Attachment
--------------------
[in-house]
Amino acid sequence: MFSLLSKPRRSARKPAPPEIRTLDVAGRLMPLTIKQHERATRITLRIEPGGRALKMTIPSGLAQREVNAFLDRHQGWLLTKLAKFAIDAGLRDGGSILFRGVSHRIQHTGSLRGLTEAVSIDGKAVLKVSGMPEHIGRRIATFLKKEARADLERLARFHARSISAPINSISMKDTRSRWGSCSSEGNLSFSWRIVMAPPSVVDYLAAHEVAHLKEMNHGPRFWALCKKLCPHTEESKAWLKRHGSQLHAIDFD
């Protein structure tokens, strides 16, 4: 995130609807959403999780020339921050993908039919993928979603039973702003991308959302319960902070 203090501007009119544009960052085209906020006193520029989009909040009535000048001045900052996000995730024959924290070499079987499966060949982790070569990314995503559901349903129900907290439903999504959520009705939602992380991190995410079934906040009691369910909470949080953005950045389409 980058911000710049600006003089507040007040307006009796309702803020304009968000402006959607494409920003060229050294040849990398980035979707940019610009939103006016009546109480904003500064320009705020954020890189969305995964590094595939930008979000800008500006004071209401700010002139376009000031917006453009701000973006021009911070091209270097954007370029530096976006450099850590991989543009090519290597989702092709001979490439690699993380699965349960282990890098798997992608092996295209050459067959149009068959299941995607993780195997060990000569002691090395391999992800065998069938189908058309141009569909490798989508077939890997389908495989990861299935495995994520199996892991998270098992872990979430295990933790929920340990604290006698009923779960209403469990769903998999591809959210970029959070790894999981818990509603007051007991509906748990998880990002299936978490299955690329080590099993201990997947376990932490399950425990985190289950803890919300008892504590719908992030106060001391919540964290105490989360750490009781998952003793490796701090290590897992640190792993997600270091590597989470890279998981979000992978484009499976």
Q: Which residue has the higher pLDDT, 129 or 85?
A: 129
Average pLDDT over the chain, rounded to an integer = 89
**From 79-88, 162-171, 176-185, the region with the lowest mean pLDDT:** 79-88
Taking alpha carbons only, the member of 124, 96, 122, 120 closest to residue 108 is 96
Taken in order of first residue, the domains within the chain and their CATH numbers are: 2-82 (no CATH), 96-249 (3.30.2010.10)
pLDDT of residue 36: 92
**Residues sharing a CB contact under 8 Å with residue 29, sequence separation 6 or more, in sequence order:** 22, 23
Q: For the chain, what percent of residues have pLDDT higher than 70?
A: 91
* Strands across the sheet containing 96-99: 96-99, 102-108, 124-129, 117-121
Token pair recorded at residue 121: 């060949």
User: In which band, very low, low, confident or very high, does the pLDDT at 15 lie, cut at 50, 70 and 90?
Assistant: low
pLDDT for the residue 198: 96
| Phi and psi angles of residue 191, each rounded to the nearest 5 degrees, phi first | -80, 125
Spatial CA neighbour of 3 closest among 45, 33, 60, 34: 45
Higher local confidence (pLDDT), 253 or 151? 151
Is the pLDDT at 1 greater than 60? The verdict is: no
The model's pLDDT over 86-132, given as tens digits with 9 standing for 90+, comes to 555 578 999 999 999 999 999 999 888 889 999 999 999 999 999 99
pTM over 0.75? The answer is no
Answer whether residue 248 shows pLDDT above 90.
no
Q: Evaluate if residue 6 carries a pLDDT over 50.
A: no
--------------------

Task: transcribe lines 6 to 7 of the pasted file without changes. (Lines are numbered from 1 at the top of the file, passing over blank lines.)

Average pLDDT over the chain, rounded to an integer = 89
**From 79-88, 162-171, 176-185, the region with the lowest mean pLDDT:** 79-88